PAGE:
The limit command has been enhanced for the case of limits of quotients of two bivariate analytic functions (i.e., functions in two variables for which a Taylor expansion exists at the limit point). Many such limits that could not be determined previously are now computable.
In Maple 2016, the following limit calls would return unevaluated, but they can now be computed in Maple 2017.
Plot these two functions in the neighborhood of the origin:
In the latter example, you can visually verify the existence of the limit.
In the first example, by inspecting the graph you can identify two different directions with different limits, namely y=x and y=−x. Indeed:
How does Maple determine these limits? Let us consider a circle C given by x2+y2=r2, where we will later let r →0. Using the theory of Lagrange multipliers, the extremal values (maxima and minima) of the function f on the circle, for a fixed radius r, satisfy the condition that the gradient of the function and the gradient of the constraint equation of the circle are parallel:
Thus, the maximal and minimal values of f on C occur when both C=0 and eq=0. For the bivariate limit, this means that it is sufficient to consider only those critical paths satisfying eq=0. In order to solve this equation, first approximate it by a multivariate Taylor series at the origin, up to terms of order 8 or higher.
Now consider y the main variable and try to solve the equation eq2=0 in terms of univariate Taylor series y=sx, and start by looking at the lowest degree terms of eq2, specifically
You see that there are two approximate solutions which make the lowest degree terms of eq2 vanish, specifically, y=x and y=−x. In this example, these actually make the original equation eq vanish identically:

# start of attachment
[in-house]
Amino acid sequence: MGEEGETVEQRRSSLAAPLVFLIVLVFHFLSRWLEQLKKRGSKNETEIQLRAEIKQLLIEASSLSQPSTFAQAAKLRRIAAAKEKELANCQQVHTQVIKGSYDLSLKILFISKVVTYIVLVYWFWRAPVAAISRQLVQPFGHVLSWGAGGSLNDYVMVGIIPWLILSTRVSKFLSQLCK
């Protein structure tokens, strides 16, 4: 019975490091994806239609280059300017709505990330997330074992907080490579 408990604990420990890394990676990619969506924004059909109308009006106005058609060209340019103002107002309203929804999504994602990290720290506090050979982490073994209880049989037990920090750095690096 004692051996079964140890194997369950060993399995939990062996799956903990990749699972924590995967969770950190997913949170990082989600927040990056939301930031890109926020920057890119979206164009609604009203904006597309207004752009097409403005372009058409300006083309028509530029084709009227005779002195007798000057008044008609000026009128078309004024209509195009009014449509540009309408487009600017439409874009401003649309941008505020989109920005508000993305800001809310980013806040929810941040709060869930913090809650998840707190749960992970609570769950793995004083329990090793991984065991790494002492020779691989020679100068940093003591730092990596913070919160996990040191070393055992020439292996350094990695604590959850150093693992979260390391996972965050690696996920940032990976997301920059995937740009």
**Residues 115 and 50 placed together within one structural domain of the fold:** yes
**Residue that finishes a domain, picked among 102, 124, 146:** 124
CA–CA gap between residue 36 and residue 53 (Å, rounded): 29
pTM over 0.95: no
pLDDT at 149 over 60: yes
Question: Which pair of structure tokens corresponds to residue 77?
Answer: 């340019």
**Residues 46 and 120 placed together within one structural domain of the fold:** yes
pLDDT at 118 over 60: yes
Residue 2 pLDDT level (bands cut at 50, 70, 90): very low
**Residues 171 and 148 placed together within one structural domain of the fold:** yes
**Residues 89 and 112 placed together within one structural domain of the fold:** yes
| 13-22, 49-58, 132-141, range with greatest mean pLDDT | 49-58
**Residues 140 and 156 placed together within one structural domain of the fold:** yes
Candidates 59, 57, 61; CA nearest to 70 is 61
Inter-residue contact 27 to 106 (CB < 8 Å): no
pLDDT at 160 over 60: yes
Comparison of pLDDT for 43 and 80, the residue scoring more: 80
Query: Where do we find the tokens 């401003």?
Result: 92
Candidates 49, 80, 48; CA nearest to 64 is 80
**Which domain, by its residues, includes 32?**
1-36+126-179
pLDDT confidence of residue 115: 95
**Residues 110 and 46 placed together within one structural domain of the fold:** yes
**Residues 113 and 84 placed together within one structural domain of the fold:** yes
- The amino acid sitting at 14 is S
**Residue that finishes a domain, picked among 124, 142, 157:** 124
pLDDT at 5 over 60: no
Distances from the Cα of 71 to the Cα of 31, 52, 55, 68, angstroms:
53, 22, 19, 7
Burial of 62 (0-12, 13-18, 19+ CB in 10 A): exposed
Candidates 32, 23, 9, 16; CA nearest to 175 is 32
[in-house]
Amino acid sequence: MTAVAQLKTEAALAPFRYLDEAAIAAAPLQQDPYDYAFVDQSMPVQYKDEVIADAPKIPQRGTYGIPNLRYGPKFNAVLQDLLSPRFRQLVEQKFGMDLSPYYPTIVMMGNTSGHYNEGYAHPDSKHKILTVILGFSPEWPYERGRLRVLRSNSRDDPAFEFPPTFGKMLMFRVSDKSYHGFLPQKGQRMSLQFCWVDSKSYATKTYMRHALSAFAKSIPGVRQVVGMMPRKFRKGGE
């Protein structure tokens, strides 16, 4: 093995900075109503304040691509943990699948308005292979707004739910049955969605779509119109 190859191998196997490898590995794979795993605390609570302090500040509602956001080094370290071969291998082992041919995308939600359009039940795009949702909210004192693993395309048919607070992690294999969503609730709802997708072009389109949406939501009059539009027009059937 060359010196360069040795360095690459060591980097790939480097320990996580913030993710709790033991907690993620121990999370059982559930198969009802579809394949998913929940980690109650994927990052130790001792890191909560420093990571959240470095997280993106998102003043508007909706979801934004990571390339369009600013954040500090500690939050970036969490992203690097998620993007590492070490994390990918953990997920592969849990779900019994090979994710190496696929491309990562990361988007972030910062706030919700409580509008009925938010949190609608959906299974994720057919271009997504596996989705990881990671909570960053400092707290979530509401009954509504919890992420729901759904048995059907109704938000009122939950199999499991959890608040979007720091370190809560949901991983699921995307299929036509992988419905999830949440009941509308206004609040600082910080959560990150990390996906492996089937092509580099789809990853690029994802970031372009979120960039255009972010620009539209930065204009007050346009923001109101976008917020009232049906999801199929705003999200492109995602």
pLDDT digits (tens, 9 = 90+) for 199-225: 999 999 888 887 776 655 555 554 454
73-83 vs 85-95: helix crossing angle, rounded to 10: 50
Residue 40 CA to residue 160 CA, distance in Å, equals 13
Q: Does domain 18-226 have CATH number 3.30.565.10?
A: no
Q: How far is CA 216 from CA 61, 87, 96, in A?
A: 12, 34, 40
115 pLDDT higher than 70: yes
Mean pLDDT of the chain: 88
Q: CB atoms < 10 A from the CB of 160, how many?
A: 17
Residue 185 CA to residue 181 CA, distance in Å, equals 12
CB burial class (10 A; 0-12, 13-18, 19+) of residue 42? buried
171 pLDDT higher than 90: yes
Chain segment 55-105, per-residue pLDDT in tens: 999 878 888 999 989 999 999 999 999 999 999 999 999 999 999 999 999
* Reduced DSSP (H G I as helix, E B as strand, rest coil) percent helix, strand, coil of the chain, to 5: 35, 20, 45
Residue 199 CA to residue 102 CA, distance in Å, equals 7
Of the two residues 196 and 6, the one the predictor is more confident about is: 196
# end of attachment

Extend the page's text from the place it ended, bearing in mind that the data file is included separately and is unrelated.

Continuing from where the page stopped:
Indeed, these are exactly the same two paths from above leading to the extremal values 1 and −1. Since you have found two directions with different limits, you can conclude that the bivariate limit does not exist. The third factor, x2+y2, does not admit any real solutions and can therefore be ignored.
The following graph depicts both critical paths in the x, y-plane.
Note that the critical paths are not necessarily always lines. For example, in the second example above:
In this example, eq factors into linear factors, and you obtain the following solutions for the critical paths:
paths ≔ Vector3:paths1≔x=solveop2,eq,x:paths2≔y=solveop3,eq,y:paths3≔y=solveop4,eq,y:paths
The limits along all of the critical paths are identical:
This is a proof that the bivariate limit of g at the origin exists and is equal to 0.
The following graph depicts the function g as well as all of the critical paths:
In general, the critical equation does not factor into linear factors, and then series approximations for all the critical paths are used.
updates/Maple17/BivariateLimits, updates/Maple2015/BivariateLimits, limit, limit/multi - multidimensional limits
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